So, this happened.
I was back in LA, having just returned from my book tour in the Pacific Northwest. I'd made some vague motions toward unpacking -- though hadn't actually unpacked anything -- and otherwise had a day that was mercifully unscheduled.
And we had nothing to eat in the house.
This is important. Most notably because my wife will be out of town later in the week, leaving me alone with the kids. The adorable, running, screaming, climbing, maybe-setting-things-on-fire, chaos-on-feet kids.
That's cool -- I love spending time with the munchkins. And I love cooking with them. However in the event of a lack of time or an urgent need immediate protein, I can see the utility in cooking something big. Both to eat today, while I actually do have time to cook, and then to eat throughout the week, to be reheated at a moment's notice.
What do I know that's big? Brisket. Specifically, a whole packer brisket, cooked low and slow over hickory for a very long time. As this is a 12-pound cut of meat, this translates to a full day of cooking.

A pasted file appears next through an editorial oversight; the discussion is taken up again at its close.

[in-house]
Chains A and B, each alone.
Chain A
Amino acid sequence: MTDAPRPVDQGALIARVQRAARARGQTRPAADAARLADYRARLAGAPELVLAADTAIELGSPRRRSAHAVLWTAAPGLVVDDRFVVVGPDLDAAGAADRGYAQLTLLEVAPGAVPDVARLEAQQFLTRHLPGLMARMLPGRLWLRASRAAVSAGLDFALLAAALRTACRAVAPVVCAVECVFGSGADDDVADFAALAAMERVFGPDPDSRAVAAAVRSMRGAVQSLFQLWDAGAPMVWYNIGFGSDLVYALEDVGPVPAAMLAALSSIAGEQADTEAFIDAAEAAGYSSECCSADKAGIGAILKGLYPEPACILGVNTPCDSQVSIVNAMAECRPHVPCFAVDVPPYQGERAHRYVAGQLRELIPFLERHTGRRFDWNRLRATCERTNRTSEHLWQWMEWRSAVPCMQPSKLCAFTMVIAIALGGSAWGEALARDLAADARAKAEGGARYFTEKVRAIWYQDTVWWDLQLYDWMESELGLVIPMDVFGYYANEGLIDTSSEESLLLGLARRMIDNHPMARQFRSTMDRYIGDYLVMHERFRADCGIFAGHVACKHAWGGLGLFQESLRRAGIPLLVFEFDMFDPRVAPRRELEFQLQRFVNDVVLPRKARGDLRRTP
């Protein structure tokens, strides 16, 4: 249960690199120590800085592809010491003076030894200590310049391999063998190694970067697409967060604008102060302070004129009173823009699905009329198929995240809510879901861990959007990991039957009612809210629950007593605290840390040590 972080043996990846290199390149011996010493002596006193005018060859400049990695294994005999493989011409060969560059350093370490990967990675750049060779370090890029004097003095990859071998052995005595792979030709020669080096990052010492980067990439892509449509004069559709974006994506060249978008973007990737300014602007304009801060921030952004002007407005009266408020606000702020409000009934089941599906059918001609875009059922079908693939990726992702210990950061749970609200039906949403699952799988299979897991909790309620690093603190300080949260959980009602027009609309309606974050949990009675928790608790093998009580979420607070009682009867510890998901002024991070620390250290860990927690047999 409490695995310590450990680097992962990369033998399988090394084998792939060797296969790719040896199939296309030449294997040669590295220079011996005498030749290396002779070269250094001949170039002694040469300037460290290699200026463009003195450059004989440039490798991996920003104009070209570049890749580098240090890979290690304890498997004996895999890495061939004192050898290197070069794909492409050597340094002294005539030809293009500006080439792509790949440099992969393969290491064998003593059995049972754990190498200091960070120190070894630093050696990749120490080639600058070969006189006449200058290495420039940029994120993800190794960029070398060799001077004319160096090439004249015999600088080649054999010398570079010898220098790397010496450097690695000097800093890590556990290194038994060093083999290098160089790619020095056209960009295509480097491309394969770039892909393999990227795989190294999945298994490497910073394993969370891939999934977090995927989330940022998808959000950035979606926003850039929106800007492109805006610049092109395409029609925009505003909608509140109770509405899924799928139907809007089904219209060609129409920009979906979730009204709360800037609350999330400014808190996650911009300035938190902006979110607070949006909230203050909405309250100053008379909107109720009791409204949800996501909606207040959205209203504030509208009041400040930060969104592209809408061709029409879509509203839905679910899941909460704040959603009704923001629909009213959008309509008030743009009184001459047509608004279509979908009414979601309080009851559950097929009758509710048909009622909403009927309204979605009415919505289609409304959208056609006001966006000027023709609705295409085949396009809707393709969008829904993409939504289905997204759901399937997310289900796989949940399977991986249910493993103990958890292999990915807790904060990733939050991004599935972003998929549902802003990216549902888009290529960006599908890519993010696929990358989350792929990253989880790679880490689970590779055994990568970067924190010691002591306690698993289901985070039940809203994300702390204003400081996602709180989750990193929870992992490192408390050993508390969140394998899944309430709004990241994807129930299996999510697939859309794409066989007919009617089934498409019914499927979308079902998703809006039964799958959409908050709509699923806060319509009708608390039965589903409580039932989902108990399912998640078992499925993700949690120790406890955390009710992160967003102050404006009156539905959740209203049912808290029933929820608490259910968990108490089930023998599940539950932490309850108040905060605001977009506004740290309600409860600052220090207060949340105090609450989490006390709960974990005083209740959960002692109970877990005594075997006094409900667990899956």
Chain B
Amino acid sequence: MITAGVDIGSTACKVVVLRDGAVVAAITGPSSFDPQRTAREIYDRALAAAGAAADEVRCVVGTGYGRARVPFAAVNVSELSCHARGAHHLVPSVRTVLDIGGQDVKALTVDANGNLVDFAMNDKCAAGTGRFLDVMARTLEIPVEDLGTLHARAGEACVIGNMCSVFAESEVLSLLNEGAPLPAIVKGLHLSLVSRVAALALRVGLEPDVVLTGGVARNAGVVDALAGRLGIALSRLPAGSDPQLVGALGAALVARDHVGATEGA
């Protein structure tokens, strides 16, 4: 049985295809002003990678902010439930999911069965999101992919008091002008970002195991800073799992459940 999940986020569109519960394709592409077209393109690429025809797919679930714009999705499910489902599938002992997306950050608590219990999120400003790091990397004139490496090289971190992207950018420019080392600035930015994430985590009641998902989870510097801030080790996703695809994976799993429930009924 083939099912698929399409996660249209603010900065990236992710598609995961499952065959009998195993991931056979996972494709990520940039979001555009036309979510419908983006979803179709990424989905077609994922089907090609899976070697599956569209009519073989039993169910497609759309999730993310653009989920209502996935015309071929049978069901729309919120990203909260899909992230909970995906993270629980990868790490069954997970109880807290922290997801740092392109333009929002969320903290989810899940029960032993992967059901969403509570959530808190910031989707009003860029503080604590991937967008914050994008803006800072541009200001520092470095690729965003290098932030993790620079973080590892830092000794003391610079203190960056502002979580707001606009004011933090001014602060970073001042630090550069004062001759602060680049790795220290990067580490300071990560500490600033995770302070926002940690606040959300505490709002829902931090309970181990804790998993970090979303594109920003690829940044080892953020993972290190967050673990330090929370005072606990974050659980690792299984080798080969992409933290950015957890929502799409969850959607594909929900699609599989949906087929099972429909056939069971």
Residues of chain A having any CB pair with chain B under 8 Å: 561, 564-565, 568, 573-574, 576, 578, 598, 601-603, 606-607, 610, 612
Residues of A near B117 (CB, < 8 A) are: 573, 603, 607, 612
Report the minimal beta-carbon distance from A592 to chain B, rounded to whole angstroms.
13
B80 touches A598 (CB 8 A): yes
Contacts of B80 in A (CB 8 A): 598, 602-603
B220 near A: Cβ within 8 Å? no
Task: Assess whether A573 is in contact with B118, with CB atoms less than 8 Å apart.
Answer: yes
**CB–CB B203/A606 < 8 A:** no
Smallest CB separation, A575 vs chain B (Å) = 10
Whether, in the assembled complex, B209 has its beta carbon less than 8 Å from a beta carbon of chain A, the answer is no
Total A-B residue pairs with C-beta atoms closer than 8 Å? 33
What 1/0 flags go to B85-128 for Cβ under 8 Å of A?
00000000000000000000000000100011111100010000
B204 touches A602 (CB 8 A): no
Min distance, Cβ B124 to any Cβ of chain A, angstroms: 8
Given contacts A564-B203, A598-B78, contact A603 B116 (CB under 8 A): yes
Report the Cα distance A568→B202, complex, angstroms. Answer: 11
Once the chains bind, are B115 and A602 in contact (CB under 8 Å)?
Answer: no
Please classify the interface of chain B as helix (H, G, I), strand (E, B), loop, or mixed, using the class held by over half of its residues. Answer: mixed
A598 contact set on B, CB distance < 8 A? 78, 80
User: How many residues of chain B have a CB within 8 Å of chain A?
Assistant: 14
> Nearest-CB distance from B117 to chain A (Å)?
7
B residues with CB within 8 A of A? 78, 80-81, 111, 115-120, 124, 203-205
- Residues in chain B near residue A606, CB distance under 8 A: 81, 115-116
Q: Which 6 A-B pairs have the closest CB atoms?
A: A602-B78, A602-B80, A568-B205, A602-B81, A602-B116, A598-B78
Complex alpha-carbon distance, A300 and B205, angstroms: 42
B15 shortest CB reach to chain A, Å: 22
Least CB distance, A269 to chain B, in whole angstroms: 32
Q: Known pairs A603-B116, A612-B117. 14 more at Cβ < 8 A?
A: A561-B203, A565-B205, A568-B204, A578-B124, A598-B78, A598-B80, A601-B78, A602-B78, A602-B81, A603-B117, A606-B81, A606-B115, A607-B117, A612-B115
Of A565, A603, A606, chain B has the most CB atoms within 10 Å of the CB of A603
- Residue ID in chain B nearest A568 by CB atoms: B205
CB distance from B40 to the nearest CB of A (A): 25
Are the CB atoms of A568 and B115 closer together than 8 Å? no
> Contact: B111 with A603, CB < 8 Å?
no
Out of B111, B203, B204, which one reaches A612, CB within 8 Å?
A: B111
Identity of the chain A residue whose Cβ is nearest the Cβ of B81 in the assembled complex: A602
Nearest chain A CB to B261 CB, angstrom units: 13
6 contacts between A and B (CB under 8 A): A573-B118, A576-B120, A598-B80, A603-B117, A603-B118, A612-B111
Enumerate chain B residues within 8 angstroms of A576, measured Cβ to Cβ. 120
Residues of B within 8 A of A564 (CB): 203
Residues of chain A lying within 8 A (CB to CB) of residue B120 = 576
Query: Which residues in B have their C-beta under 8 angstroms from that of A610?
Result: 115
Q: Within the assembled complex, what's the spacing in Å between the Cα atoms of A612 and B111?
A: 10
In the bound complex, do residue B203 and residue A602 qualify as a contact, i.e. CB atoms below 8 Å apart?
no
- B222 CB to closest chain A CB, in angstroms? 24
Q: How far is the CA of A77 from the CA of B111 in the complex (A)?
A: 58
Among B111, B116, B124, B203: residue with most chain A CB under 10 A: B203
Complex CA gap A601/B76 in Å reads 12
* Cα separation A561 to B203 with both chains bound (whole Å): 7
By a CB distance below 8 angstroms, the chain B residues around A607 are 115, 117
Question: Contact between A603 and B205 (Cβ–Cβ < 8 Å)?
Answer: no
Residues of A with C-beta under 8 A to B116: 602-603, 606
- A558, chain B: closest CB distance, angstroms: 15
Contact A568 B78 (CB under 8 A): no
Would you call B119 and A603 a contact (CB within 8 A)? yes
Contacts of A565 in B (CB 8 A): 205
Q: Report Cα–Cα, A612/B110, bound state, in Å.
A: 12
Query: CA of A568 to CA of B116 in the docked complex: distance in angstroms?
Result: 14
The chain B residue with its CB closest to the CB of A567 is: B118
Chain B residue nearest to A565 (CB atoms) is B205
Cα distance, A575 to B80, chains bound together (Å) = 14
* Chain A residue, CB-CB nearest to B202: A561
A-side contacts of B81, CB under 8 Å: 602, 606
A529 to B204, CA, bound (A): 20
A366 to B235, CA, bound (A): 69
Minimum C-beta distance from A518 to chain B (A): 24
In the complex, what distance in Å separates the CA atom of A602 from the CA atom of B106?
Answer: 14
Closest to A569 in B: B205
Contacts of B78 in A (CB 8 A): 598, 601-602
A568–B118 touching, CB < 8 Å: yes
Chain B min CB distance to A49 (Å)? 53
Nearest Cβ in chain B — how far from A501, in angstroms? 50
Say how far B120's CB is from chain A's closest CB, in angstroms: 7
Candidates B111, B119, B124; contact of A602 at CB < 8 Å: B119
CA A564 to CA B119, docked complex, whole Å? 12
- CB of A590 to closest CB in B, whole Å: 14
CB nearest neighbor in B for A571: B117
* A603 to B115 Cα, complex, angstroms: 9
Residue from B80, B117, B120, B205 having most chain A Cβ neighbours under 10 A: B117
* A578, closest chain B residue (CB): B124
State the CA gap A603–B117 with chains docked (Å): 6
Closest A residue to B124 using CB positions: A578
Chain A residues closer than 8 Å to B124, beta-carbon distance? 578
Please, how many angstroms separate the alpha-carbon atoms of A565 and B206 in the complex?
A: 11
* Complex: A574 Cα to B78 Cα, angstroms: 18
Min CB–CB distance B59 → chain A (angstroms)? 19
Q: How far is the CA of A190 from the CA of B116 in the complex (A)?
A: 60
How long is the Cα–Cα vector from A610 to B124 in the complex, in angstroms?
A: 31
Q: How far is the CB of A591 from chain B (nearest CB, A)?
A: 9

A whole packer brisket is, by some estimates, the apex of the barbecuing arts. Because of its tremendous size and irregular shape, it's a testament to the skill of the pitmaster.
Still tired from my trip, but intrigued by the challenge -- I decided that this needed to happen. Immediately.
And frankly, it turned out really well. So I wanted to share what happened, how I did it, and how you could do it, too. This is a great project to tackle for a weekend with friends, a week where you'll need some future easy meals on-hand, or for a special occasion. Say, for example, Father's Day.
Brisket is made up of the pectoral muscles of the steer. There's one brisket per side, and two muscles included in the cut, commonly called the flat and the point.
The flat is a big, well, flat plane of beef, too long to actually fit in my (admittedly undersized) kettle grill. The point isn't so much a point, as it is a large lump of meat that sits on top of the flat.